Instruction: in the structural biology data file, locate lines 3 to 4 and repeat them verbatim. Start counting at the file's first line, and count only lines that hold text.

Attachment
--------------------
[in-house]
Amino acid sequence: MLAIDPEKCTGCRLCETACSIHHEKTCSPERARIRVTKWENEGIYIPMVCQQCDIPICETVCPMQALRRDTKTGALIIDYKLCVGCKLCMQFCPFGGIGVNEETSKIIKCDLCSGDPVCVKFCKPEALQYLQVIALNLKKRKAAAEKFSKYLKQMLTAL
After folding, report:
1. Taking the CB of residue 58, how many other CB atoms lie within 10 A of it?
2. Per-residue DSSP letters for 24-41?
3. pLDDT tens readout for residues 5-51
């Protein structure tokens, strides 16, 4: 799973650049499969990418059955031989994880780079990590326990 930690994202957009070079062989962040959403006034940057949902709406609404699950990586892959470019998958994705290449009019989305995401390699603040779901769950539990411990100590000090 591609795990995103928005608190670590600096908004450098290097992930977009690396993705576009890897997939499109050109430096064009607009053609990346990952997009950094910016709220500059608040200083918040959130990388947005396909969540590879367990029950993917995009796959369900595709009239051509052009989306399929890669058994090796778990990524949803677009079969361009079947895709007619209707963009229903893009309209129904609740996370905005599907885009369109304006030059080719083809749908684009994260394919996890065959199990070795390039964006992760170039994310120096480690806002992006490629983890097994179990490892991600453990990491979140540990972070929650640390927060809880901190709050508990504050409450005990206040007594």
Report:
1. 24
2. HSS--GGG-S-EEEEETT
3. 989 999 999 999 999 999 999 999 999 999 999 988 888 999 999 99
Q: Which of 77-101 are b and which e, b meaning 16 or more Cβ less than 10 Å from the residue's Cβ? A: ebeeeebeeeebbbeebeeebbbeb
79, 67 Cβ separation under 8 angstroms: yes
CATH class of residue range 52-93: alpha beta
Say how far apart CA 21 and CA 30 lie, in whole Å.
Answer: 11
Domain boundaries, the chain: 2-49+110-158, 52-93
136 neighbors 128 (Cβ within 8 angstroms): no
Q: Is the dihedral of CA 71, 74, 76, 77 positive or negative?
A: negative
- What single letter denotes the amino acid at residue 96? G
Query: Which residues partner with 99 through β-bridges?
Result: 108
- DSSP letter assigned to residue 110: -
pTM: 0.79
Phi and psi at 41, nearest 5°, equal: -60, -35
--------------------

After folding, report:
1. Taking the CB of residue 58, how many other CB atoms lie within 10 A of it?